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Aircraft Design

by: Robb McCullough

Aircraft Design AAE 45100

Robb McCullough
GPA 3.65

William Crossley

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William Crossley
Class Notes
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This 6 page Class Notes was uploaded by Robb McCullough on Saturday September 19, 2015. The Class Notes belongs to AAE 45100 at Purdue University taught by William Crossley in Fall. Since its upload, it has received 85 views. For similar materials see /class/207858/aae-45100-purdue-university in Aerospace Engineering at Purdue University.


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Date Created: 09/19/15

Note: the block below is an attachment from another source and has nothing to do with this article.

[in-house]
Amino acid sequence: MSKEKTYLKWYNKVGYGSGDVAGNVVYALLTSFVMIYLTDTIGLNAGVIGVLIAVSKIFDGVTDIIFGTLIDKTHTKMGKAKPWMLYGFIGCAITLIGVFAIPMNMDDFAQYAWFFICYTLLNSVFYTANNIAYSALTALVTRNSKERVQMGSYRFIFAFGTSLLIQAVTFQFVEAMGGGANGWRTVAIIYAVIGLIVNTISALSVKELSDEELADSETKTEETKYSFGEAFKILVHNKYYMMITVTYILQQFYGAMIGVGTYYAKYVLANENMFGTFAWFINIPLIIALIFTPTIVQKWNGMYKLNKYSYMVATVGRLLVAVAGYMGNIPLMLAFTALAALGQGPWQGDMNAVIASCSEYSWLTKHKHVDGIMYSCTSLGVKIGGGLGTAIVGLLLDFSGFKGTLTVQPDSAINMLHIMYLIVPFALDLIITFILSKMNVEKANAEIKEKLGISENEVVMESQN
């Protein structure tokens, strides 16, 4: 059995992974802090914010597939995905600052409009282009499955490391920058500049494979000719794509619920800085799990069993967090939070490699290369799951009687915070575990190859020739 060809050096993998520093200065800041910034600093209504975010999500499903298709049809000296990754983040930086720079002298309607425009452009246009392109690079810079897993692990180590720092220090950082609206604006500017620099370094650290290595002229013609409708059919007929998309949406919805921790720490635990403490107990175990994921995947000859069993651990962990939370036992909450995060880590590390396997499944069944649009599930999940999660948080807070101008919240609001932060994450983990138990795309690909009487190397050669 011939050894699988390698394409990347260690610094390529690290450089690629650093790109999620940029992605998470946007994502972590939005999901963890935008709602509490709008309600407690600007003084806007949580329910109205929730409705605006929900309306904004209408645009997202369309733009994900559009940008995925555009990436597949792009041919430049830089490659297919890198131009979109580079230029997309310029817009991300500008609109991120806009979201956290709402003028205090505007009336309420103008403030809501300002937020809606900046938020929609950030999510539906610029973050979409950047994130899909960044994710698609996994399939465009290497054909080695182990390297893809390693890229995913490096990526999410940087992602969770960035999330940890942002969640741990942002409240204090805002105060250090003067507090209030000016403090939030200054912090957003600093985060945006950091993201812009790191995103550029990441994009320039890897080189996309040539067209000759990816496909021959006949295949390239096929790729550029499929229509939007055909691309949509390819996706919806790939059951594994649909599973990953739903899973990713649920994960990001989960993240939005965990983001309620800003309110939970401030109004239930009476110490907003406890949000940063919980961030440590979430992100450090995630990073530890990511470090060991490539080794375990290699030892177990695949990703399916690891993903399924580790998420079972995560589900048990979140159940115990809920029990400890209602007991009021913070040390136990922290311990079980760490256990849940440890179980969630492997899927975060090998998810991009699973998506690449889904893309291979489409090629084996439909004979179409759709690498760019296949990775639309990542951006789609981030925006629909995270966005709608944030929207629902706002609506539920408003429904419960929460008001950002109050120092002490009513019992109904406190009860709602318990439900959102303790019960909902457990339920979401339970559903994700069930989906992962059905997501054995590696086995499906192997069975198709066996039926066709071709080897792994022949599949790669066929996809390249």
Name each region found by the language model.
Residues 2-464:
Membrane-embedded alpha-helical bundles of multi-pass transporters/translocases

AampAE 451 Aircraft Design Spring 2009 Opportunity Description A Small Supersonic Airliner with Initial Operational Capability in 2020 Preface Teams responding to this opportunity description should be well suited to enter a version of their final report to the NASA Aeronautics Research Mission Directorate s ARMD 20082009 University C A quotquot see httn39 aero larr nasa titions univhtm for additional details Letters of intent for the design competition are due to NASA by January 19 2009 the final report for the NASA competition is due by April 30 2009 Teams interested in entering this competition should notify the instructor before January 15 2009 Introduction Air transportation enables greatly reduced travel times especially for longerdistance ights From the start of the airline industry the value of reducing travel time pushed the speed of transport aircraft faster until the 1970s when economic impacts led to a near plateau in design speeds of new commercial aircraft In 1969 Concorde made its first ight Concorde entered passenger service in 1976 The Russian Tu144 aircraft rst ew in 1968 and entered service in the former Soviet Union in 1975 but two major crashes of the Tu144 7 in particular the fatal crash at the 1973 Paris Air Show 7 prevented the aircraft from being adopted outside the Soviet Union The United States cancelled its Supersonic Transport program in 1971 The Tu144 last ew for Aero ot at the end id of 1975 Following Concorde BritishFrench the 2000 crash of an supersonic Tramp t Airplane Air France Concorde Image from NASA Glenn and the air travel Research Center Collection C 1975768 1mpacts of both the 911 terrorist attack in 2001 and the SARS outbreak in 2003 the retirement ight of Concorde Russian Tupolev Tu39144 supersonic Transport Airplane took place in November 2003 S1nce that t1me no Image from NASA Glenn Research Center supersonrc transport a1rcraft have operated 1n the world Collectionc19954183 Both Concorde and the Tul44 generated exceptional amounts of noise near airports contributed signi cant Nitrous Oxide NOX emissions and generated sonic booms underneath their ight paths The United States and most other countries prohibits supersonic ights overland Additionally the operating costs of both Concorde and the Tul44 were very high An anecdote attributed to a British Airways Concorde pilot is that Concorde lost money on each transatlantic ight but British Airways made money by using Concorde in its advertisements to attract business to the airline NASA HighSpeed Civil Transport HSCT Concept from 1998 Image from NASA Langley Research Center EL 199800165 compliant supersonic small size transport aircraft Clearly the desire for a highly ef cient environmentally friendly low boom commercial supersonic aircraft is still strong II Project Objectives As described above several technical challenges have blocked the development and service entry of a practical supersonic transport aircraft The opportunity presented here is to define an aircraft that using the NASA Fundamental Aeronautics Supersonic Project descriptions would be an N2 generation supersonic aircraft building upon the Since the cancellation of the US SST program in 1971 NASA has conducted and or funded several studies for potential supersonic transports currently a portion of the Fundamental Aeronautics Program within NASA is the Supersonic Project which has identified and is seeking solutions to several technical barriers that hinder the success for practical supersonic cruise vehicles Several wellpublicized supersonic business jet efforts are also underway today Gulfstream Aerospace Company is leading one effort Aerion Corporation is leading another Lockheed Martin recently completed a design study of a Quiet Supersonic Transport QSST under contract with Supersonic Aerospace International LLC who hopes to offer this aircraft as a product Today the European Commission is supporting the HISAC project to establish the technical feasibility of an environmentally if 37 NASA N2 Small Supersonic Aircraft Concept Image from Alonso J Fundamental Aeronautics Program Highlights presented Oct 7 2008 Atlanta GA presumed success of the N 1 generation supersonic business jets Working in teams students in the course will 1 Identify the possible markets for a small supersonic airliner with IOC in 2020 2 Develop engineering design requirements a design mission or set of design missions and a typical economic or operating mission for the small supersonic airliner 3 Identify candidate technologies that might enable a highly efficient environmentally friendly low boom supersonic transport airliner 3 Conduct trade studies concept generation and selection for the small supersonic airliner 4 Complete a conceptual sizing and demonstrate feasibility of the concept by comparing predicted performance and capability to the previously generated design requirements Iquot Mission Requirements and Constraints The NASA Fundamental Aeronautics University Competition guidelines provide a few specific goals for the vehicle 0 Cruise speed Mach 16 to 18 Design Range 4000 nautical miles Payload 35 to 70 passenger range mixed class Fuel Efficiency 3 passengermiles per pound of fuel Takeoff field length lt 10000 feet The Challenge further states that the undergraduate teams using the goals stated above should propose configurations and systems to achieve one or more of the following o Supersonic cruise efficiency 0 Low sonic boom lt 70 PldB or o Highlift for takeoff and landing The above goals do not constitute a complete set of design requirements for the supersonic aircraft The design teams must develop a more complete set of requirements based on their determination of the market and design missions The design teams will also need to investigate these requirements through trade studies and change them as appropriate to provide a better andor more feasible aircraft system While the NASA Student Competition states a few specific requirements ie payload capacity runway length and cruise speed a thorough investigation that supports a deviation from those requirements is acceptable for the course The NASA reviewers would likely accept a wellreasoned deviation from their stated requirements As a starting point an example commercial transport aircraft design mission appears below The design teams should modify this mission as appropriate for their chosen markets Note that this mission uses the traditional 250 KTAS ight speed below 10000ft altitude Efficient ight at 250 KTAS may be difficult for an aircraft also designed for supersonic ight The still air range in the example design mission segments CJ matches the 4000 nmi stated in the NASA Student Competition goals if the team feels a different design range is needed for instance range with a given headwind velocity the design team should select a different range The reserve fuel segments LQ contain significant details here The design mission must account for reserve fuel the detail shown below may or may not be necessary mFundamental Aeronautics Student Competition CollegeUniversity Division 20082009 Academic Year httn39 aem larc ha a I I univhtm cited 12 January 2009 still air range 4000 nmi 200 nmi Figure 1 Example Transport Aircraft Design Mission The speci c mission segments are Taxi out 9 minutes at ground idle Takeoff to 35 ft Climb to 1500 ft accelerate to 250 KCAS Climb to 10000 ft at 250 KCAS Accelerate to climb speed Climb Step cruise for best range Descend to 10000 ft Decelerate to 250 KCAS Descend to 1500 ft Approach and Landing Missed approach climb to 1500 ft 5 ight fuel reserves Climb Cruise for best range Descend to 1500 ft 30 minute loiter at 1500 ft Approach and landing Taxi in 5 minutes at ground idle apwozgrwrrwpwwpowgt IV Deliverables for the Course There will be three deliverables for the AAE 451 course each of these will entail a written document and an oral presentation review The first deliverable will be a System Requirements Review SRR and an accompanying report This review and report will identify the markets that the team has chosen to focus This report shall include an assessment of the number and type of aircraft the team expects this market to require typical aircraft utilization trip ranges maximum number of passengers per trip and operating costs of current aircraft used by this segment of the market The report shall present additional requirements for subsequent studies based upon this initial market analysis These requirements may include but are not limited to minimum cruise speed minimum passenger capacity minimum or maximum cruise altitude and eld length of airports used The second deliverable will be a System De nition Review SDR and an accompanying report Based upon the market analysis and the subsequent aircraft design requirements the team will present the trade studies concept generation and concept selection that led to the aircraft concept that the team will develop more fully The team shall make a comparison of the team s aircraft concept with a relevant current technology system or design A list of technologies to enable ef cient supersonic ight to reduce noise during takeoff and landing to reduce emissions to reduce sonic boom overpressure and or to perform low speed ight The system de nition review and report should include constraint diagrams and results from initial sizing studies for the aircraft This review shall include an initial threeview and isometric drawing of the con guration This review shall highlight any changes in aircraft design requirements from the previous review The nal deliverable will be a Conceptual Design Review CoDR and its accompanying report This report and review needs to present the best available description of the team s alternate fuel aircraft concept The review and report shall present the size dimensions and performance predictions of this aircraft based upon the results of a credible sizing tool e g FLOPS ACS or a teamdeveloped approach and other supporting analyses This nal review and report shall present the nal aircraft design requirements and a comparison of the team s design to a comparison of a current system technology and design This report and review shall contain additional details about the aircraft that the system de nition review did not include These additional details include but are not limited to performance estimates weight and cost estimates internal layout drawings initial structural layout integration of advanced technologies landing gear placement integration of propulsion estimates of stability etc V Advanced Technology The challenges presented by the need for ef cient supersonic cruise reduced noise reduced emissions fuel burn and low boom will require that the small supersonic transport aircraft incorporate advanced technologies 7 many of which are only in early development today 2009 7 to meet these goals Each design team must gather a list of potential technologies and or advanced concepts that they will incorporate into their aircraft design concept The description of these technologies and or advanced concepts must include the level of technology development ie the NASA Technology Readiness Level of the technology concept and an assessment of the projected readiness by the technology freeze date These technology concept descriptions must also include impacts on the aircraft design These impacts will include descriptions such as aerodynamic ef ciency eg this technology provides a C Dcmise reduction of 15 from Concorde empty weight e g meg increased 10 above wing weight predicted by a parametric weight estimator aircraft emissions eg reduces NOX by 10 below current technology and acquisition cost eg acquisition cost increases by 5 above current technology VI OffCampus Review Panelists I Consultants To match the classroom experience more closely to that of industry or government aircraft conceptual design studies panelists from Lockheed Martin Advanced Development Programs more commonly known as the Skunk Works will provide act as review panelists for all three of the design reviews Because of the time zone difference between West Lafayette and the Palmdale CA area these will take place in the late aftemoon early evening Eastern Time zone The dates for the review presentations are planned as follows SRR Jan 27 SDR Feb 24 and CoDR Apr 21 The exact times will be established early in the semester Eric Schrock is the manager of the conceptual design group at ADP he will likely participate in many of the reviews He has a very useful way of describing four parts of an answer and I agree with this principle There is an extremely high probability that the Lockheed Martin review panelists for AAE 451 this semester will look for these four parts of an answer in the review presentations These are the four parts of an answer the answer 2 the assumptions and ground rules used to develop compute the answer 3 sensitivities about the answer ie how much does the answer change if one of the independent variables is changed a small amount 4 a fallback position in the event that your current answer is not correct